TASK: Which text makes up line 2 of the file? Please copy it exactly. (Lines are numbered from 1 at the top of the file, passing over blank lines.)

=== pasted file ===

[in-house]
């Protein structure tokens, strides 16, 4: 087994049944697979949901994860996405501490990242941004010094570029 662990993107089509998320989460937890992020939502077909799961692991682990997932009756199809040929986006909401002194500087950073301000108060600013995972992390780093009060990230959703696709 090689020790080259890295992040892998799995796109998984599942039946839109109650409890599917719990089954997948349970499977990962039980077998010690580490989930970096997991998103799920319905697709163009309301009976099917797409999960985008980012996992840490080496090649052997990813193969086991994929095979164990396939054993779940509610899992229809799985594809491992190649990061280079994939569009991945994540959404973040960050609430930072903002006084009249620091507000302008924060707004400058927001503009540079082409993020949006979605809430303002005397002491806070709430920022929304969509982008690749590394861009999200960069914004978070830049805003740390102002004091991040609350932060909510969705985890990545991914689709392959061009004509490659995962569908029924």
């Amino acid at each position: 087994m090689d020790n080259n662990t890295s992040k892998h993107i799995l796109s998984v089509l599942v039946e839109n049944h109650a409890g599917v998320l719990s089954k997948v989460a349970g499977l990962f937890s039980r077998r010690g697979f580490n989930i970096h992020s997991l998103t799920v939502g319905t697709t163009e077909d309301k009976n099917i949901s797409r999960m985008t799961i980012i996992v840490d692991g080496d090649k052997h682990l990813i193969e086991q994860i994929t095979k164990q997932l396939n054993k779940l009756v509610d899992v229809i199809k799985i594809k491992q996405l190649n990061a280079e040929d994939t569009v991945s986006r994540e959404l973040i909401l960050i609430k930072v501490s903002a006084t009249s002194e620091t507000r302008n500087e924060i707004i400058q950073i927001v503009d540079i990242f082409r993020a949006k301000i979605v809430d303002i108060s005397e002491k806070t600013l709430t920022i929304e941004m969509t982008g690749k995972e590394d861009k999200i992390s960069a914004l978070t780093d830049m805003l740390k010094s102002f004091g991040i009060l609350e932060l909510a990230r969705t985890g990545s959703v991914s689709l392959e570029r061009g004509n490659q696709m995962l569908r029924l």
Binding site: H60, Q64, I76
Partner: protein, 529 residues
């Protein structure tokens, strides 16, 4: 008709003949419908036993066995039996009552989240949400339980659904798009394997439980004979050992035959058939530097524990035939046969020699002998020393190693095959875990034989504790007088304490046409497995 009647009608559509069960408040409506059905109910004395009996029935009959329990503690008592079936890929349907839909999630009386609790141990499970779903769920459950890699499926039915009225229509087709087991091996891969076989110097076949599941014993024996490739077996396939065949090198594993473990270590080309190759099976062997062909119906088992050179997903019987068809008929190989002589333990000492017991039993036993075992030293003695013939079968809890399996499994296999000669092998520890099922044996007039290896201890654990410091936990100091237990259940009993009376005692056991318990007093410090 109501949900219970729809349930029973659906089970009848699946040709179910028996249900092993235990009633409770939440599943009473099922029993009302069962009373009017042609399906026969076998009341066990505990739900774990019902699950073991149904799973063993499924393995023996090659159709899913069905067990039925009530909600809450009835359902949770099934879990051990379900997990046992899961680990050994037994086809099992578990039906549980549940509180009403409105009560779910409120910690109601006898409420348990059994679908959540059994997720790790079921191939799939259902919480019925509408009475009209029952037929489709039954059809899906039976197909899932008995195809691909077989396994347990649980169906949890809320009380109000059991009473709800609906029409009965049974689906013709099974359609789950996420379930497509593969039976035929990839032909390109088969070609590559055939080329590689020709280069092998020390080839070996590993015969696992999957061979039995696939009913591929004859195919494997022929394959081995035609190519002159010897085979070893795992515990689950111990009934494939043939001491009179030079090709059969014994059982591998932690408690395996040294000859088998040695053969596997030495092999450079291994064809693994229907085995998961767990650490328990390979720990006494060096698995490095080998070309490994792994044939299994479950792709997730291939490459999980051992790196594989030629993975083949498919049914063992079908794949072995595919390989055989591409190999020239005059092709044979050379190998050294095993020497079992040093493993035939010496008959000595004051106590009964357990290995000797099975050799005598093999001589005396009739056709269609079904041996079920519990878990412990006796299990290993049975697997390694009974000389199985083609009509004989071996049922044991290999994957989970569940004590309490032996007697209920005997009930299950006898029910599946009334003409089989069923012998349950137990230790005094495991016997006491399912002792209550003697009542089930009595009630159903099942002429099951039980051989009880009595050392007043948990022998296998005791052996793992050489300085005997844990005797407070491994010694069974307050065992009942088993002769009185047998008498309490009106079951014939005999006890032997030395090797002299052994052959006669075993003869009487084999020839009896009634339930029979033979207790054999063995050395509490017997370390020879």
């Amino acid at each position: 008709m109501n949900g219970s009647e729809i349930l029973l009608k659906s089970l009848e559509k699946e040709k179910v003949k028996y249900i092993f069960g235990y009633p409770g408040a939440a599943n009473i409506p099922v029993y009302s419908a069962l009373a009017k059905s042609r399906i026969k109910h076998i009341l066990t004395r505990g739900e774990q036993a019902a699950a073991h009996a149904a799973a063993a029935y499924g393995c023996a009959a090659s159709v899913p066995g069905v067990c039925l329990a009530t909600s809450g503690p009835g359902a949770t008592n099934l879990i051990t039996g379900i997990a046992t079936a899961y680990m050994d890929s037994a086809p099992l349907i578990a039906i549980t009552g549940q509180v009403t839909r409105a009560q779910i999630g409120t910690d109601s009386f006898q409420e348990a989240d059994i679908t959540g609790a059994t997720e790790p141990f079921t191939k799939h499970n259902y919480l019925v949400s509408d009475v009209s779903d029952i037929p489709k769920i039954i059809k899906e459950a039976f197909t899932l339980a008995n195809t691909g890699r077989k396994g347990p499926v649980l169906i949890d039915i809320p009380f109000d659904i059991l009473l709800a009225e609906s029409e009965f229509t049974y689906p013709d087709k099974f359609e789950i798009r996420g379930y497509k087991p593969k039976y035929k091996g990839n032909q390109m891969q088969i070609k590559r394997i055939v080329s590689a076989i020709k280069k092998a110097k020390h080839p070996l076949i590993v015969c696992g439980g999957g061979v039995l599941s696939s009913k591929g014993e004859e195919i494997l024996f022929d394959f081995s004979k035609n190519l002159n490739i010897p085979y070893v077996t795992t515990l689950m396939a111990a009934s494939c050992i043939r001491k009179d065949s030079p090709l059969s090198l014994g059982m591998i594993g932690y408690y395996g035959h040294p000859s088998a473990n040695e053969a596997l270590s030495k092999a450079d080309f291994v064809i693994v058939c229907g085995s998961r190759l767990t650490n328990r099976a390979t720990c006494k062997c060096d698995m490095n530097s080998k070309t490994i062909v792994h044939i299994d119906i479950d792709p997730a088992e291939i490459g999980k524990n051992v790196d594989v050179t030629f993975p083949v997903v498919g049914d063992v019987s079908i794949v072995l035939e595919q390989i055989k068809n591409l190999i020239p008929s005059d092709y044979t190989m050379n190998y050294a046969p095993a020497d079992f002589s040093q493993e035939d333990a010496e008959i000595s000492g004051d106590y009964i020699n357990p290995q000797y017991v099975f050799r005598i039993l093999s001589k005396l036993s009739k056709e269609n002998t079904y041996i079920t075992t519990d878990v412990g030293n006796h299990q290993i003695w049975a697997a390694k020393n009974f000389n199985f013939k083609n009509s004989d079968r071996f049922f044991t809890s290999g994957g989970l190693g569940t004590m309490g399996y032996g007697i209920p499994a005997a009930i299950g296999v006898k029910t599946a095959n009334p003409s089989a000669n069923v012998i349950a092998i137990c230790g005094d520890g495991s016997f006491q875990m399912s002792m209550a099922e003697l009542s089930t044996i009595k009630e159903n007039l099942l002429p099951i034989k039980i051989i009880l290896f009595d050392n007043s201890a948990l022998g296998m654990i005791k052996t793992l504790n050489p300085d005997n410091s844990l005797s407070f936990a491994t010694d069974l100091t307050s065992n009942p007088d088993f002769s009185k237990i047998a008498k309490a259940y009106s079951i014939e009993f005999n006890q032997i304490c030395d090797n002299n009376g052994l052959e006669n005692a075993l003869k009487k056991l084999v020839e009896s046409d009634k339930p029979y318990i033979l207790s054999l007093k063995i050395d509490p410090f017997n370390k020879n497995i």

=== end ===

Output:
């Protein structure tokens, strides 16, 4: 087994049944697979949901994860996405501490990242941004010094570029 662990993107089509998320989460937890992020939502077909799961692991682990997932009756199809040929986006909401002194500087950073301000108060600013995972992390780093009060990230959703696709 090689020790080259890295992040892998799995796109998984599942039946839109109650409890599917719990089954997948349970499977990962039980077998010690580490989930970096997991998103799920319905697709163009309301009976099917797409999960985008980012996992840490080496090649052997990813193969086991994929095979164990396939054993779940509610899992229809799985594809491992190649990061280079994939569009991945994540959404973040960050609430930072903002006084009249620091507000302008924060707004400058927001503009540079082409993020949006979605809430303002005397002491806070709430920022929304969509982008690749590394861009999200960069914004978070830049805003740390102002004091991040609350932060909510969705985890990545991914689709392959061009004509490659995962569908029924």